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Focus and fear: Why bankers are cancelling their holidays

Getting away from it all

Getting away from it all

You don’t want to be that guy; desperately searching for a signal for your mobile phone, so you can conference into an urgent meeting while your family lazes on a remote Mediterranean beach. You need a break, so why are so many finance professionals staying put this year?

August is usually a dead zone in the City of London because of holiday season. This is less the case on Wall Street where any time away from the office is frowned upon and time off in Asia tends to be spread throughout the year.

This year, it’s different though. “All the senior bankers are tied to their desks,” says one analyst working for a US investment bank in London. “We’re more dispensable, so a lot of juniors are going on holiday anyway, but anyone from VP upwards is sticking around.”

Let’s face it, any holiday for investment bankers invariably means going down a gear rather than switching off entirely. Tales of bankers’ families grimly resigned to them continually checking their emails or patching in for conference calls with clients and colleagues abound.

This year, suggest the bankers we spoke to, the whole thing is exaggerated. People are cancelling their holidays, or even coming back early. Part of this is fear – investment banks are cutting again and you don’t want to return from holiday to a pink slip.

Nomura, which laid off 60 people in its fixed income business earlier this month, allegedly fired some when they were out of the office on holiday. “Stories like that go around the City like wildfire. You don’t want to be seen to be replaceable,” says one former salesman on the condition of anonymity.

Then there’s the market meltdown/correction slap bang in the middle of the quietest day of the year. Wealth managers have been “managing clients’ mounting anxiety” over the past week from cabins in the woods. Brokers have returned to help sooth concerns of nervous clients. Hedge fund managers bemoan having to give “play by play” advice to numerous investors on performance from the Hamptons.

Is it all worth it? Perhaps not. Graham Ward, the former co-head of European equities at Goldman Sachs and now adjunct professor of leadership at INSEAD, says you’ll probably be replaced anyway.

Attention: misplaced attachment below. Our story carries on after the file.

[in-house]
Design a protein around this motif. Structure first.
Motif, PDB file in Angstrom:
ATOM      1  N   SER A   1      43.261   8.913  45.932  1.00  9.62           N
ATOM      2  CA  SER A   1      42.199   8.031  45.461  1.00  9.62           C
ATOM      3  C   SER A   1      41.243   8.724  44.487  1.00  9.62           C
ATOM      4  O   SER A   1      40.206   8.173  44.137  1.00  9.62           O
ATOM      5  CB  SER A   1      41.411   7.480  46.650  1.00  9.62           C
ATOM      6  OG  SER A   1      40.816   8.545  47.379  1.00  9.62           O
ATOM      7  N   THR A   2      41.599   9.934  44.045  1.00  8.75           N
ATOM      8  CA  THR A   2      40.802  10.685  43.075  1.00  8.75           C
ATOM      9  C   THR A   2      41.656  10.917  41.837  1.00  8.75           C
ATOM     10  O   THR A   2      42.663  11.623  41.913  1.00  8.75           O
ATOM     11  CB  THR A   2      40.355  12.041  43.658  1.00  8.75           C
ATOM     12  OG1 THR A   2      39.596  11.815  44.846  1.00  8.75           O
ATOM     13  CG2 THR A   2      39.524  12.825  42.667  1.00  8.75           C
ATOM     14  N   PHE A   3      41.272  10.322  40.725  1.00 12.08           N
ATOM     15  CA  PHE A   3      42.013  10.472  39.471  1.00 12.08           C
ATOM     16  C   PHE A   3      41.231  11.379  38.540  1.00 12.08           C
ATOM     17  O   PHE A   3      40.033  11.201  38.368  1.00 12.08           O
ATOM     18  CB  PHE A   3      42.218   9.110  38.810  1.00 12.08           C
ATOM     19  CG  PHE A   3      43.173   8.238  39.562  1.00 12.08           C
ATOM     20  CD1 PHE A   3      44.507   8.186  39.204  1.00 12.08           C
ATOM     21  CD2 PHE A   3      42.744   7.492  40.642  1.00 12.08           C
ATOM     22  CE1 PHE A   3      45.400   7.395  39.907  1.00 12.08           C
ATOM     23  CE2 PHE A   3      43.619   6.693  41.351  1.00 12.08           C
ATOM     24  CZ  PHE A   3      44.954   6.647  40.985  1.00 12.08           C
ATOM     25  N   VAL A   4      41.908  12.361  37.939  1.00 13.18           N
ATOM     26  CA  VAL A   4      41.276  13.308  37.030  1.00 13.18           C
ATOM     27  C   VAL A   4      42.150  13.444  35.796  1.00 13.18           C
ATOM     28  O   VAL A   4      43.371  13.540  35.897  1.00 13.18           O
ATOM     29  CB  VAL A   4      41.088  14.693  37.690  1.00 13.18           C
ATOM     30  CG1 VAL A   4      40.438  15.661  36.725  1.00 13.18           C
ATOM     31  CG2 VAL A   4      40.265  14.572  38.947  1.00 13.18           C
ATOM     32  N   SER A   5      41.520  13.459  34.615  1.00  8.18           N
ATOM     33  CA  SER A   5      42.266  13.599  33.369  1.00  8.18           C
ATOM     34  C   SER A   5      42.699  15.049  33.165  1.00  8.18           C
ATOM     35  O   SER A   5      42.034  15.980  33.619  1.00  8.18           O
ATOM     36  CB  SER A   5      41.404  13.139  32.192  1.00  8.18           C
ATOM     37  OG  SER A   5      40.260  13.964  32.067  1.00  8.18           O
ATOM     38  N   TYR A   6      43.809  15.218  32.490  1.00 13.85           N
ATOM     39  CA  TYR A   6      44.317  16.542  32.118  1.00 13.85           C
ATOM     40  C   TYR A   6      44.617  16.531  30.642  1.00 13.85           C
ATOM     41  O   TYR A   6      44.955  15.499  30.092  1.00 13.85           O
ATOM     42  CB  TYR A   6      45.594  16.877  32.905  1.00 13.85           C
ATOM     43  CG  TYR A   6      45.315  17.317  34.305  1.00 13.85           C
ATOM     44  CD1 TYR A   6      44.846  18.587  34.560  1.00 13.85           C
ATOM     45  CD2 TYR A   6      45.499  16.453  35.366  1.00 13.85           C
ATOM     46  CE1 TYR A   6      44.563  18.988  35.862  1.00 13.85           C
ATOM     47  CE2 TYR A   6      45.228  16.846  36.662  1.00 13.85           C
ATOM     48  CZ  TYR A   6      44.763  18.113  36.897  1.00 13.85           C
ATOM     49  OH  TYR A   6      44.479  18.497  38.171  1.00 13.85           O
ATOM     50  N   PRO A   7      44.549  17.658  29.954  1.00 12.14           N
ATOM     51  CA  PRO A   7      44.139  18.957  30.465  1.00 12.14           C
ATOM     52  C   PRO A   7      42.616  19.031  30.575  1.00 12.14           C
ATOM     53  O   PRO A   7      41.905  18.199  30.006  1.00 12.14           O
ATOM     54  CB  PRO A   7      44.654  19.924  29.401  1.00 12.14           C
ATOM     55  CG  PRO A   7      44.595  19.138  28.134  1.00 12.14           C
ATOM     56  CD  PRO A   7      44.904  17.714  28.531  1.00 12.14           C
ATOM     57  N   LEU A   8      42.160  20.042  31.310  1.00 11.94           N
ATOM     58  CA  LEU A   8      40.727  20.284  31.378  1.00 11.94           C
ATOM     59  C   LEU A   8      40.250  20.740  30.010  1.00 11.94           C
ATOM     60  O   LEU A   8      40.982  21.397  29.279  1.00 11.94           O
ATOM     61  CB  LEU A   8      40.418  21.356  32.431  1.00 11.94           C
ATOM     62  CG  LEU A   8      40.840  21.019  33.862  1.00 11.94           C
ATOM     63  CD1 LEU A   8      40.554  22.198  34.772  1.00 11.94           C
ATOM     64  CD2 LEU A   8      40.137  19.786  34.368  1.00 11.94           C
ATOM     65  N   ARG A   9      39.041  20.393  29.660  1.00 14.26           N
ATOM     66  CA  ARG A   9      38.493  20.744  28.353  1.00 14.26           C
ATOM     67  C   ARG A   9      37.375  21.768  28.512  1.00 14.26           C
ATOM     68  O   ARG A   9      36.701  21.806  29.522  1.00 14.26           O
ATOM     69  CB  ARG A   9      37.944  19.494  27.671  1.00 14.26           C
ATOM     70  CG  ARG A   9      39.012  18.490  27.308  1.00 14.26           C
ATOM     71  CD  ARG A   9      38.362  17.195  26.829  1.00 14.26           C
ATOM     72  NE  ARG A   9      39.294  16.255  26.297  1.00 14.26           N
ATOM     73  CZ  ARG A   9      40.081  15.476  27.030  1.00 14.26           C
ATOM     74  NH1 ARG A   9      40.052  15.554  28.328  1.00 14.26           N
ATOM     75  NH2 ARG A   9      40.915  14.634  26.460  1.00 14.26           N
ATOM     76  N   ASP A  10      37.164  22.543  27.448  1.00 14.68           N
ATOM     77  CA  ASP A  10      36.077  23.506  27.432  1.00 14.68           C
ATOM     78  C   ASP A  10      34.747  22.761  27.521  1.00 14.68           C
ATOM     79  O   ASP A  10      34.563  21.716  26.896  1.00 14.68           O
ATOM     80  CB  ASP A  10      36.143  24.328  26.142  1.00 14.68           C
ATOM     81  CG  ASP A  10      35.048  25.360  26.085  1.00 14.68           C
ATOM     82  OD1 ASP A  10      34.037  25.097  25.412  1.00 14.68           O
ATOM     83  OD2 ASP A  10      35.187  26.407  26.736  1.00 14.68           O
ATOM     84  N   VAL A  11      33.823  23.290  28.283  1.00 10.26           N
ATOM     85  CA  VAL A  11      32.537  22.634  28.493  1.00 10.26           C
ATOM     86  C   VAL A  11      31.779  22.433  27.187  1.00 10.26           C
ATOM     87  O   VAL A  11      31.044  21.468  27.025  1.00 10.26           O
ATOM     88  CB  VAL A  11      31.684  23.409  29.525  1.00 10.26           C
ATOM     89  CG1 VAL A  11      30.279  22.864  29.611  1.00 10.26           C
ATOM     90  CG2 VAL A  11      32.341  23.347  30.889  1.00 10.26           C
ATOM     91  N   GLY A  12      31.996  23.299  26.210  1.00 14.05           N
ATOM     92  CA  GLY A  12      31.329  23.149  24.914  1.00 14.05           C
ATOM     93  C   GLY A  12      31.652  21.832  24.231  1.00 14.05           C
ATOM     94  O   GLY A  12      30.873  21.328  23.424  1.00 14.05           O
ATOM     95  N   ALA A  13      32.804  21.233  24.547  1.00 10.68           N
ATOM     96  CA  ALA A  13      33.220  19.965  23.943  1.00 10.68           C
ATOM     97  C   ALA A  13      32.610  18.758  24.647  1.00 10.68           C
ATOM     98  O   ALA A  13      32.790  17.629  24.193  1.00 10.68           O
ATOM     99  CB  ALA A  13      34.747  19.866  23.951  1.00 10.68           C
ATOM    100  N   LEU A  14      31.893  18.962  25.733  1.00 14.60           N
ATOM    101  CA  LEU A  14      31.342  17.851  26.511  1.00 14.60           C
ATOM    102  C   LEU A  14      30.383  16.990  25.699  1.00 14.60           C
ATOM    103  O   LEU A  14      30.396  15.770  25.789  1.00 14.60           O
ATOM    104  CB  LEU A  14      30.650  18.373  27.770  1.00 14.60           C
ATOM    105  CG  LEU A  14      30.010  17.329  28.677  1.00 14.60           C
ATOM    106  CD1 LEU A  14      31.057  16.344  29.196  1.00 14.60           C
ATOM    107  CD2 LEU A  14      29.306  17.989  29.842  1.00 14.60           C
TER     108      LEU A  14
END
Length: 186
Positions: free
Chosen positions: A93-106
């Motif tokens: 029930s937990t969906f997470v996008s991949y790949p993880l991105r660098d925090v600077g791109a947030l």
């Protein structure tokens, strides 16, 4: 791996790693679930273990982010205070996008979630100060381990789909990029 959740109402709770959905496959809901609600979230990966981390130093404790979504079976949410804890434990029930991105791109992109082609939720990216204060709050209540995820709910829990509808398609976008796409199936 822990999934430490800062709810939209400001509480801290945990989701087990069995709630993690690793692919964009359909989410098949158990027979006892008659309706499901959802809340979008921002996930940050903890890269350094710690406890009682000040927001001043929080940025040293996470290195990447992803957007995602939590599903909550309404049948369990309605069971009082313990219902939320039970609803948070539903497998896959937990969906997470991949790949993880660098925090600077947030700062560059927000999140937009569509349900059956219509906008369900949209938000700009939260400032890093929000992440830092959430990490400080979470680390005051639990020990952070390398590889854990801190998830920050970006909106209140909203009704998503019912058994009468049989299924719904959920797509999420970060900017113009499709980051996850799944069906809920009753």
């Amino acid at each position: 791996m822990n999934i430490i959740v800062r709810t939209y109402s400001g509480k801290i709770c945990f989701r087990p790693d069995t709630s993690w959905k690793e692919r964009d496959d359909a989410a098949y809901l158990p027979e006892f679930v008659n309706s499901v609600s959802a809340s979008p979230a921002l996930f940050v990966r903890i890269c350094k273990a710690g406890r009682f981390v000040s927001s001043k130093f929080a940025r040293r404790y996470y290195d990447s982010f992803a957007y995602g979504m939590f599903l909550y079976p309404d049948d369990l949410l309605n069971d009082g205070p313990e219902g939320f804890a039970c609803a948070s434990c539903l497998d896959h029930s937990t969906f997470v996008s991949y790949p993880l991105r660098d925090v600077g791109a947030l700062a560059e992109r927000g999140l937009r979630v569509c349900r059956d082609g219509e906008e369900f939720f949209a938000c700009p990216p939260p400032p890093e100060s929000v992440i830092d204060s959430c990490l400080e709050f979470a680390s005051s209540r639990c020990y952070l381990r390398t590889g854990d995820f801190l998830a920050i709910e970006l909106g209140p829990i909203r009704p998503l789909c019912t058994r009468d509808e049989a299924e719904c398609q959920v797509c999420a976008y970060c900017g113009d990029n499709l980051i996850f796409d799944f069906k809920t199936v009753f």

“People in banking should realise that they are dispensable. One day whether they like it or not they will be replaced. So enjoy life now. You will be more professionally effective, sharper and healthier if you take a break now and then. It’s a long game…if you want to be a winner, pace yourself accordingly,” he says.

The equity capital markets teams of investment banks are currently tied to their desks in anticipation of a pipeline of deals in September and October, according to a report in Financial News.

“The heavy autumn pipeline has definitely contributed to people not taking a holiday this year, but it’s also the start of a number of new projects that have played a part,” says one junior ECM banker. “Long weekends have also been cancelled, and it’s impossible to take time off during autumn because the workstreams to push deals through will resume.”

Ward works with banks on leadership strategies and says the old guard are still pushing a culture of extreme hours. One MD he worked with hadn’t taken a holiday for 13 years, he said.

“He was 41 and close to burnout. His team were angry with him because the behaviour he was role modelling made them feel guilty for taking time off. In his essence he was a pleaser: he thought the route to success was to show through ‘hard work and dedication’ that he was a winner and that his bosses would appreciate it. In reality his performance was dropping,” he says.

As trite as it may seem, you need time to recharge the batteries and this involves some time out of work.

“He lost the ability to stand back from his business and be reflective. He gave himself no time to renew, even working weekends. He was constantly in a reactive state, and lost his capacity to strategise. His solution: to work harder still. It was a lose/lose strategy,” says Ward.

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